June 2000/July 2000
Veterans Benefits Update
Good News On Claims
By Leonard J. Selfon, Esq., Director, Veterans Benefits Program
At last we have some welcome news on the veterans benefits front. The
news is from the U.S. House of Representatives, which recently passed
important legislation to make it easier for veterans to prove their claims
for federal veterans benefits.
As we have previously reported, the law currently requires that a
claimant for VA benefits submit a "well-grounded'' claim before the
VA will assist in developing the facts surrounding that claim. Such
assistance can range from obtaining military, VA, or private medical
records, to performing a physical or psychiatric examination to ascertain
service connection for a disease or injury, or the level of disability of
an already service-connected disorder.
The chronological order of a well-grounded claim triggering the VA's
legal duty to assist was cemented by the U.S. Court of Appeals for
Veterans Claims' decision in Morton v. West. In that decision, the
Court held that the VA has no authority under the law to help claimants
with the development of evidence in support of a claim for VA benefits if
the claim is not well-grounded. A proposed VA regulation, issued after the
Morton decision, gives a claimant 30 days to submit evidence required
to render a claim well-grounded (as defined by the regulation), following
the VA's written notification of its determination that the claim is not
During this time, if it has not already done so, the VA must obtain
service medical records and outstanding VA records that the claimant
sufficiently identifies. The VA will not schedule any examinations or seek
to obtain private medical records during the 30-day period. If evidence
sufficient to render the claim well-grounded is not received by the
deadline, the VA will deny the claim as not being well-grounded. In our
response to the VA's proposed regulation, VVA commented that its
provisions would make a bad situation worse.
In March, VVA and several other veterans service organizations (VSOs)
testified before the House Veterans Affairs Committees' Subcommittee on
Benefits on proposed legislation that would abolish the well-grounded
claim prerequisite and require the VA to develop claims at the outset.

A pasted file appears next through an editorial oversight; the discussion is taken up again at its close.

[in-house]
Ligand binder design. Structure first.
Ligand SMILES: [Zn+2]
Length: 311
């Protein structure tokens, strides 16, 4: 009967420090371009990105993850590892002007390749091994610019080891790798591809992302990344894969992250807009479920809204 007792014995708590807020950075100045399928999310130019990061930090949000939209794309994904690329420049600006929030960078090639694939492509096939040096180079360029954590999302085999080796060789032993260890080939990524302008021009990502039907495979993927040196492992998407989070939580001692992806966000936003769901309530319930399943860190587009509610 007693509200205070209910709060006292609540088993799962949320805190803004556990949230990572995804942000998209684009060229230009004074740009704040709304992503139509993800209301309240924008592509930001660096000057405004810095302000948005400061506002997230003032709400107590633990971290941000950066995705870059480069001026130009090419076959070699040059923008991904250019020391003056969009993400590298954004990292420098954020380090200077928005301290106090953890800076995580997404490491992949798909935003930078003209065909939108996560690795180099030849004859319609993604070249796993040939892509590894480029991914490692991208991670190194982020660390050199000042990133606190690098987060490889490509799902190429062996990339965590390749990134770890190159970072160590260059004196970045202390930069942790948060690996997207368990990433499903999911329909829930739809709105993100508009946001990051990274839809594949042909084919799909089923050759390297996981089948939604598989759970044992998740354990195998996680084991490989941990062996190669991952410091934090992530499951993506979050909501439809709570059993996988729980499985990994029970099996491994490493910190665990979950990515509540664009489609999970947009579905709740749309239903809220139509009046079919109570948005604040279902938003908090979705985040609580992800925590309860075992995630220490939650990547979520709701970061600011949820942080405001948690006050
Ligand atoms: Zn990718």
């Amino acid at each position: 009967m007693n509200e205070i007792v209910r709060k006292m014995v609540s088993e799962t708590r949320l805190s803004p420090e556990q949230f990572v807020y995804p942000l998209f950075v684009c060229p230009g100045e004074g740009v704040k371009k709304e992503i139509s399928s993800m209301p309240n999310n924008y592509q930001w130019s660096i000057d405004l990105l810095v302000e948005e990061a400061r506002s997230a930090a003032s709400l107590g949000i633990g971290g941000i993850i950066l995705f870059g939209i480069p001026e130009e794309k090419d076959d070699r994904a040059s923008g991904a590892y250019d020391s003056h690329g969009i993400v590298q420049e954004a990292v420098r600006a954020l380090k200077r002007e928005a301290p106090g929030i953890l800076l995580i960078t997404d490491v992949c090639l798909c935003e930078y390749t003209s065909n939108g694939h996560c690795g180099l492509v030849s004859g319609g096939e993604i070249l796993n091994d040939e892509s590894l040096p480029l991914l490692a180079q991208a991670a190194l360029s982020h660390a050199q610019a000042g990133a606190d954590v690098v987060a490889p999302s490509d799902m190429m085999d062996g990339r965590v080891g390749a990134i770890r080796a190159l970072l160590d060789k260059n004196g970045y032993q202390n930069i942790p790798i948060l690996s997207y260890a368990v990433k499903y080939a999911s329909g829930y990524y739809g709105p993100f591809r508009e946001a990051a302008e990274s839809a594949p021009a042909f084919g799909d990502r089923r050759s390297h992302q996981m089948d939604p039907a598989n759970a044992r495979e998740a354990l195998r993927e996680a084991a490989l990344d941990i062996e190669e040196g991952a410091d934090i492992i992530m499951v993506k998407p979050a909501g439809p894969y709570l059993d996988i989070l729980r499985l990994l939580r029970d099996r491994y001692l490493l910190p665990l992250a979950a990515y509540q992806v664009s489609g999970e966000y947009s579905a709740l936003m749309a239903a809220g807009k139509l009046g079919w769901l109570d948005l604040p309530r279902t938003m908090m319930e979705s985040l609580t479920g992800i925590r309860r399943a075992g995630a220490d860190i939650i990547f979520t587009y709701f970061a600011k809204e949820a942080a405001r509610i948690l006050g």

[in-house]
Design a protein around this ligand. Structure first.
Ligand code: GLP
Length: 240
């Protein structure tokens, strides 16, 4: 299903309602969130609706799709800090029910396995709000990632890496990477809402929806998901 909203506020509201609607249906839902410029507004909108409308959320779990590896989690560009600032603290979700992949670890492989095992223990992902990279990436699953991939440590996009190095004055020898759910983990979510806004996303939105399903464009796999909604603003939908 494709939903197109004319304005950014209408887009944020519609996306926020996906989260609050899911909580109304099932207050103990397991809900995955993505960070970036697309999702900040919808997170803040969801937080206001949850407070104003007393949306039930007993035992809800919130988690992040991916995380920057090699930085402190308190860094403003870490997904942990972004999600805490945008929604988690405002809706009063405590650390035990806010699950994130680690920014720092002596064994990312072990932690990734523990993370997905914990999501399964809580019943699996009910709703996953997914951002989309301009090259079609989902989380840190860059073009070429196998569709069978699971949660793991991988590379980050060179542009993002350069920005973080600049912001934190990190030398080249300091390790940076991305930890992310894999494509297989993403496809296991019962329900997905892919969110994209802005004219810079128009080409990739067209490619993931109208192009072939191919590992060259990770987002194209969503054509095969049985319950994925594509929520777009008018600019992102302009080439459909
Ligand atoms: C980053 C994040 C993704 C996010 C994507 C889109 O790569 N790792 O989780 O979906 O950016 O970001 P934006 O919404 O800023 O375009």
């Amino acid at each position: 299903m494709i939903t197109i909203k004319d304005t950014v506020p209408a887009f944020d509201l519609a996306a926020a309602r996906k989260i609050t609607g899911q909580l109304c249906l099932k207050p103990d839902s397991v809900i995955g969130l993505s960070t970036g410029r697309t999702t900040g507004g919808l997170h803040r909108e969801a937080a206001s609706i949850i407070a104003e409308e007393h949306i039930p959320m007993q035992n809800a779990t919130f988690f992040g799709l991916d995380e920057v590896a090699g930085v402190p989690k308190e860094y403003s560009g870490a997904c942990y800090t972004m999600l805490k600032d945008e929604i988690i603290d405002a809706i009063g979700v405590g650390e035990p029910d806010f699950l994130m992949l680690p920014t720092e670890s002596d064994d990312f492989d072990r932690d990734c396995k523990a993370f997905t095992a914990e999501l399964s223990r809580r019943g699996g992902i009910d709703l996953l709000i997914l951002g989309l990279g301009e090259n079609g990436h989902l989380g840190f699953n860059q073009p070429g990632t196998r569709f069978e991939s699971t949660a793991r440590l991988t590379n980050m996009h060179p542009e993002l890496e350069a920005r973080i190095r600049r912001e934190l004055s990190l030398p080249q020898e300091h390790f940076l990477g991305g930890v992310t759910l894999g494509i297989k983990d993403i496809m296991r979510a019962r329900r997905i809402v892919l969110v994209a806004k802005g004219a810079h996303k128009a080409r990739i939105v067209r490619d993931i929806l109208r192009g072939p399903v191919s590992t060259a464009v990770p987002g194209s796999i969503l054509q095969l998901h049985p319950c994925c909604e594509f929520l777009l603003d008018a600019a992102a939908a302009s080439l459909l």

Following subsequent meetings with the House Veterans Affairs Committee
staff, the VA, and the VSOs, the proposed legislation reached its final
evolution. Most of the VSOs' suggested revisions were adopted.
On July 25, the House, by a 414-0 vote, passed H.R. 4864, The Veterans
Claims Assistance Act of 2000. This landmark legislation virtually
eliminates the requirement of the submission of a well-grounded claim
before receiving the VA's assistance with the development of the evidence.
The bill also clearly identifies both the claimant's and the VA's
obligations with respect to securing evidence in support of a claim for VA
Part of the VA's duty to assist includes its responsibility to obtain
relevant records in its possession from any other federal agency (such as
the Social Security Administration) at no cost to the claimant. The bill
also mandates that the VA would be required to perform a thorough physical
or psychiatric examination, or to obtain a medical opinion, where there is
insufficient evidence already of record to establish service-connection of
a current disability or collection of symptoms--provided that there is
evidence that an event, injury, or disease during active military service
was capable of causing or aggravating a current disability).
Finally, the bill would require that the VA make multiple efforts to
obtain all relevant evidence identified by the claimant and notify the
claimant (and the claimant's representative) of such efforts. Under the
act, claimants would have two years to request that the VA reopen a claim
that was denied as not well-grounded subsequent to the Morton decision.
VVA is extremely pleased with congressional passage of this bill, and
we are working closely with the Senate Veterans Affairs Committee, the VA,
and the other VSOs on the Senate's version of this legislation. We are
hopeful that the Senate will pass a similar bill later this year. With
luck, a reconciled duty-to-assist bill could be signed into law by the
President early next year.
In related legislation, the House also passed H.R. 4850, The Veterans
Benefits Act of 2000, which calls for an increase in the rates of
disability compensation for veterans with service-connected disabilities,
as well as the rates for dependency and indemnity compensation for
survivors of certain disabled veterans. The bill also provides entitlement
to service connection for a heart attack or a stroke suffered by a
reservist during inactive duty for training. Moreover, this act calls for
entitlement to special monthly compensation benefits for women who have
undergone service-connected single or bilateral radical mastectomies.
Interestingly, the bill follows a VA General Counsel opinion that under
current laws special monthly compensation is not available for such
Similar legislation is under consideration in the Senate. We will keep